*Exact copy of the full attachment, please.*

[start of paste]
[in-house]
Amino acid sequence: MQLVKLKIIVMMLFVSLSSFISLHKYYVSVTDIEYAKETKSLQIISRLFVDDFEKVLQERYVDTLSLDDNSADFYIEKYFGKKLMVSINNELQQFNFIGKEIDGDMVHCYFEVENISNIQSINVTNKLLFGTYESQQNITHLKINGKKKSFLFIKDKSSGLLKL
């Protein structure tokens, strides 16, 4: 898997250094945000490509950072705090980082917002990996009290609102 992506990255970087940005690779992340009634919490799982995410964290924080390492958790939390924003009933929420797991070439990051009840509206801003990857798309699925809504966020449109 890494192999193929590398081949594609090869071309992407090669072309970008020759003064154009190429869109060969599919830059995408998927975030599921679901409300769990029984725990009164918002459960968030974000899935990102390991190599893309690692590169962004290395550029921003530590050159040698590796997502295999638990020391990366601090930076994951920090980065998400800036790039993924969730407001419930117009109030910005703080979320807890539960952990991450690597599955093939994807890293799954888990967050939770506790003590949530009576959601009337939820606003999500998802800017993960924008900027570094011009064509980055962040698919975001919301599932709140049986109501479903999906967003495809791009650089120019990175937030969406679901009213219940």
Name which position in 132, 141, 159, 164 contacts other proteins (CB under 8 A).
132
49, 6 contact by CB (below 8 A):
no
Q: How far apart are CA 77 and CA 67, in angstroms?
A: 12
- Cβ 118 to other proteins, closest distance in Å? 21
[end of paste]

[in-house]
Amino acid sequence: MQLVKLKIIVMMLFVSLSSFISLHKYYVSVTDIEYAKETKSLQIISRLFVDDFEKVLQERYVDTLSLDDNSADFYIEKYFGKKLMVSINNELQQFNFIGKEIDGDMVHCYFEVENISNIQSINVTNKLLFGTYESQQNITHLKINGKKKSFLFIKDKSSGLLKL
């Protein structure tokens, strides 16, 4: 898997250094945000490509950072705090980082917002990996009290609102 992506990255970087940005690779992340009634919490799982995410964290924080390492958790939390924003009933929420797991070439990051009840509206801003990857798309699925809504966020449109 890494192999193929590398081949594609090869071309992407090669072309970008020759003064154009190429869109060969599919830059995408998927975030599921679901409300769990029984725990009164918002459960968030974000899935990102390991190599893309690692590169962004290395550029921003530590050159040698590796997502295999638990020391990366601090930076994951920090980065998400800036790039993924969730407001419930117009109030910005703080979320807890539960952990991450690597599955093939994807890293799954888990967050939770506790003590949530009576959601009337939820606003999500998802800017993960924008900027570094011009064509980055962040698919975001919301599932709140049986109501479903999906967003495809791009650089120019990175937030969406679901009213219940």
Name which position in 132, 141, 159, 164 contacts other proteins (CB under 8 A).
132
49, 6 contact by CB (below 8 A):
no
Q: How far apart are CA 77 and CA 67, in angstroms?
A: 12
- Cβ 118 to other proteins, closest distance in Å? 21